Thayer researchers look into self-charging pacemakers

by Grace Lee | 2/12/19 3:05am

The need for additional surgery to replace the batteries for implantable biomedical devices may soon be eliminated. Researchers at the Thayer School of Engineering and clinicians at the University of Texas Health Science Center at San Antonio have been attempting to extend the lifetime of the batteries used in such devices, and now they may have found a way for pacemakers and similar devices to be powered by a patient’s heartbeat. 

Pacemakers and automated implantable cardioverter defibrillators are implanted under the skin in the chest to monitor and pace the heart rhythm. While they effectively track heart movement, their battery life can be unpredictable or short, according to Javier Banchs, a cardiologist at Baylor Scott & White Health. 

There are many risks and costs associated with the surgeries that patients need to receive every five to 10 years in order to replace the pacemaker or automated implantable cardioverter defibrillators, according to Thayer professor Zi Chen, one of the project’s principal investigators.

The research team has been working on designing an implantable, minimally-invasive biomedical device that can efficiently convert the mechanical energy of a beating heart to electrical energy. 

“The device should be integratable, lightweight and biocompatible,” Chen said. “It should effectively capture energy from the heart without interfering with its normal functions.”

They focused on a type of porous material that can convert kinetic energy from the lead of a pacemaker and the patient’s heartbeat into electricity without affecting the pacemaker’s or the heart’s normal functions.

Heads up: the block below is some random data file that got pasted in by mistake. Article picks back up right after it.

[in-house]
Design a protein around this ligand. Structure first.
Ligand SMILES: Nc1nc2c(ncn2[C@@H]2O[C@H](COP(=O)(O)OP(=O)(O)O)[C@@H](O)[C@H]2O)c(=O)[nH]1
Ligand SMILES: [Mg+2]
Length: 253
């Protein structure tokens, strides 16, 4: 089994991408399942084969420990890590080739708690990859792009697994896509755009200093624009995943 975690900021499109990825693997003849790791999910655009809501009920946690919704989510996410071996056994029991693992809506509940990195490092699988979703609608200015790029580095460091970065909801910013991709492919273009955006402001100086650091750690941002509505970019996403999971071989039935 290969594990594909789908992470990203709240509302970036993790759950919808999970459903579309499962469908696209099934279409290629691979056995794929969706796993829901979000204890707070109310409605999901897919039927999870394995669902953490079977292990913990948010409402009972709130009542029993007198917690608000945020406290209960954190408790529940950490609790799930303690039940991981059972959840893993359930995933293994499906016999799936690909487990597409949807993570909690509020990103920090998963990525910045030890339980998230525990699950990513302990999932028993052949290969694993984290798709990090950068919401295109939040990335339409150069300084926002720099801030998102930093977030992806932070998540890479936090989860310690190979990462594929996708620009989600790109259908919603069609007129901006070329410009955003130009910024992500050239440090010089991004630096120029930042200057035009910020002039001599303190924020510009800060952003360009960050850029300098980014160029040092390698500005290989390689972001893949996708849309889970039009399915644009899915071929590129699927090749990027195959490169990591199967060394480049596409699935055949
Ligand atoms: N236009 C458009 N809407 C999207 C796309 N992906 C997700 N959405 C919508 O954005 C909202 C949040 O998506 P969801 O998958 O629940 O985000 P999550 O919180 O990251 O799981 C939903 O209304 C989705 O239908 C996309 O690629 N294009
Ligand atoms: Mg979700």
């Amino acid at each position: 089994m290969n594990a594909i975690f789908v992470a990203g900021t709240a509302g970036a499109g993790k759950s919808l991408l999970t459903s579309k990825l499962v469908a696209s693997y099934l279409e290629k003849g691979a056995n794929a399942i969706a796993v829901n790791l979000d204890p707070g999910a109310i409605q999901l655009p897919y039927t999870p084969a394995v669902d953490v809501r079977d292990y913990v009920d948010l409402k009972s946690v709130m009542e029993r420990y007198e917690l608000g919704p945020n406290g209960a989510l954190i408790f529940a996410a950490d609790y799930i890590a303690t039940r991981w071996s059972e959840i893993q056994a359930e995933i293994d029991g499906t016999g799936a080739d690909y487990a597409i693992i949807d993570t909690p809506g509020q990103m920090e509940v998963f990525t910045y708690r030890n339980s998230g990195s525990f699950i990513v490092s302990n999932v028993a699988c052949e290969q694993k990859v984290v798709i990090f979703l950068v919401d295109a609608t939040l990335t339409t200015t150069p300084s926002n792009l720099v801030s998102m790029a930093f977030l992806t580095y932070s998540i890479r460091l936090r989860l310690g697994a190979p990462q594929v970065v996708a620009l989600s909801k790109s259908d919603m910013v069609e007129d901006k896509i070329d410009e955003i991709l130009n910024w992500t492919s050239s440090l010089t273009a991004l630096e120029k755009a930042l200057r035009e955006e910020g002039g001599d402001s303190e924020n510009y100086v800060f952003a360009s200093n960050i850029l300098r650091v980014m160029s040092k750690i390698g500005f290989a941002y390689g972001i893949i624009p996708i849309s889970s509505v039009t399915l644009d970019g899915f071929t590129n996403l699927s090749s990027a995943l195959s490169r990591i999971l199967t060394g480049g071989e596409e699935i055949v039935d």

Once the researchers refined the design of the energy harvester, they implanted the pacemaker prototype into large animals like pigs or dogs. They then analyzed videos and fluoroscope images of how well the pacemaker lead moved with the motion of the heart during the cardiac cycle.  

“You can see how the leads deform and move as the heart beats, and translate those movements in the video to the bench top in the lab,” first-year Ph.D. student and study co-author Andrew Closson said. “You can also use the machines in the lab to simulate what the lead experiences in the heart and [then you can] further refine the devices.”

Through these experiments, the group created an effective design in which a thin piece of film is wrapped around the pacemaker lead in a helical shape with two harvesting units connected in parallel. 

The study’s findings imply that sufficient electrical energy can be converted from the kinetic energy of a pacemaker lead to sustain operations of the heart. There can be efficient conversion of mechanical energy from the beating heart to electrical energy without any significant interferences with cardiovascular functions, according to the team’s research paper.  

“Working on something that has the potential to have a massive impact — on the interface of health and energy — to improve healthcare is very exciting,” Closson said.  

Currently, the researchers are seeking to further enhance the design so that it is suitable for implantation in humans. 

“Over the next years, we will compare different designs and choose the one that has the best performance, the one that can replace batteries and can be implemented without disturbing any of the bodily functions,” said Lin Dong, a postdoctoral researcher at Thayer and the study’s first author.

Banchs, who focuses on device therapy for patients with heart problems, said that despite being unaffiliated with the College, he and his peers have been closely following the project.

“This is a promising concept toward which both industries and physicians [have] an ambition, but with little practical steps,” he said. “This research project is the beginning of an interesting journey with challenges ahead, and is followed closely by a lot of people with a lot of enthusiasm.”

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